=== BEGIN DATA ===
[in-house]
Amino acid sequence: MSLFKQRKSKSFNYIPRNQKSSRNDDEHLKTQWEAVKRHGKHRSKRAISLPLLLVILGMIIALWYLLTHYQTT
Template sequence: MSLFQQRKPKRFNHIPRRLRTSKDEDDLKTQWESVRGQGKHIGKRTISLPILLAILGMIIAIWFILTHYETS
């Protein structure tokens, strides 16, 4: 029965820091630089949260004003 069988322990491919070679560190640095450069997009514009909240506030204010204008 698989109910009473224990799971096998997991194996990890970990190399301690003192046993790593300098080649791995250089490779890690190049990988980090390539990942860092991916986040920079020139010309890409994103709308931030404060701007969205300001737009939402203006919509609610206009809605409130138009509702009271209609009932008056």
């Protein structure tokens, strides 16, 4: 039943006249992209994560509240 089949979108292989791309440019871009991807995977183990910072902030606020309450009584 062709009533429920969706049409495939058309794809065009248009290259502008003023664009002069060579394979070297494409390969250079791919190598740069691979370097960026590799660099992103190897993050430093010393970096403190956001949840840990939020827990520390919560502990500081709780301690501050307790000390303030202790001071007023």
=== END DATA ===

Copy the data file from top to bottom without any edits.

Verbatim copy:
[in-house]
Amino acid sequence: MSLFKQRKSKSFNYIPRNQKSSRNDDEHLKTQWEAVKRHGKHRSKRAISLPLLLVILGMIIALWYLLTHYQTT
Template sequence: MSLFQQRKPKRFNHIPRRLRTSKDEDDLKTQWESVRGQGKHIGKRTISLPILLAILGMIIAIWFILTHYETS
């Protein structure tokens, strides 16, 4: 029965820091630089949260004003 069988322990491919070679560190640095450069997009514009909240506030204010204008 698989109910009473224990799971096998997991194996990890970990190399301690003192046993790593300098080649791995250089490779890690190049990988980090390539990942860092991916986040920079020139010309890409994103709308931030404060701007969205300001737009939402203006919509609610206009809605409130138009509702009271209609009932008056």
């Protein structure tokens, strides 16, 4: 039943006249992209994560509240 089949979108292989791309440019871009991807995977183990910072902030606020309450009584 062709009533429920969706049409495939058309794809065009248009290259502008003023664009002069060579394979070297494409390969250079791919190598740069691979370097960026590799660099992103190897993050430093010393970096403190956001949840840990939020827990520390919560502990500081709780301690501050307790000390303030202790001071007023």